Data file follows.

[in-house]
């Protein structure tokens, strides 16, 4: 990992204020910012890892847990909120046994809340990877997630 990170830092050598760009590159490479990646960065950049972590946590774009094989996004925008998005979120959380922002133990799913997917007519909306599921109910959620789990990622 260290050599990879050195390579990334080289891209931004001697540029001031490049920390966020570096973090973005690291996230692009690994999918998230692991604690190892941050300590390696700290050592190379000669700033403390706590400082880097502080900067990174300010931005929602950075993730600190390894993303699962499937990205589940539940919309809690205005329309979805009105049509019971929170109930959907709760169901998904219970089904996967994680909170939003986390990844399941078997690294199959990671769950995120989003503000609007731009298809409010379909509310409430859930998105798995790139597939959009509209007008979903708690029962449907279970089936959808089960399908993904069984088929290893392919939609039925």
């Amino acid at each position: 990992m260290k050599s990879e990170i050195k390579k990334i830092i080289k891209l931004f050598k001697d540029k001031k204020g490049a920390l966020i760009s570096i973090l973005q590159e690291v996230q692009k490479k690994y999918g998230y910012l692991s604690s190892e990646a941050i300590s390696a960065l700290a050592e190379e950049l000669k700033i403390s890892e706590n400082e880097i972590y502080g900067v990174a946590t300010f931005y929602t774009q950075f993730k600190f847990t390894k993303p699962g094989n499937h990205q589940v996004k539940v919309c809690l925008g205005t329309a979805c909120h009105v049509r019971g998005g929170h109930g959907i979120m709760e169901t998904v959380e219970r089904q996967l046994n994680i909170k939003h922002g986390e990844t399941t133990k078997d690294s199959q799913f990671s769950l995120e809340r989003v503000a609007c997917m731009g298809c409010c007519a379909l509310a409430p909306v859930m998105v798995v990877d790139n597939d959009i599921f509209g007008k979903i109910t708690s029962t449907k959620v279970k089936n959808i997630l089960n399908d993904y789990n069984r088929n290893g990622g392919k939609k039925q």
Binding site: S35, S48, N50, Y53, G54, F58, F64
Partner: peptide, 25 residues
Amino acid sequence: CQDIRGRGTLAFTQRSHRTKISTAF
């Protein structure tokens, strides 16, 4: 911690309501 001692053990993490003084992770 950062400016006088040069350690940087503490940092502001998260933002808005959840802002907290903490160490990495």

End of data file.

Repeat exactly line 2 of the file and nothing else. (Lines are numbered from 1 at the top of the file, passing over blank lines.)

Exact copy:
């Protein structure tokens, strides 16, 4: 990992204020910012890892847990909120046994809340990877997630 990170830092050598760009590159490479990646960065950049972590946590774009094989996004925008998005979120959380922002133990799913997917007519909306599921109910959620789990990622 260290050599990879050195390579990334080289891209931004001697540029001031490049920390966020570096973090973005690291996230692009690994999918998230692991604690190892941050300590390696700290050592190379000669700033403390706590400082880097502080900067990174300010931005929602950075993730600190390894993303699962499937990205589940539940919309809690205005329309979805009105049509019971929170109930959907709760169901998904219970089904996967994680909170939003986390990844399941078997690294199959990671769950995120989003503000609007731009298809409010379909509310409430859930998105798995790139597939959009509209007008979903708690029962449907279970089936959808089960399908993904069984088929290893392919939609039925």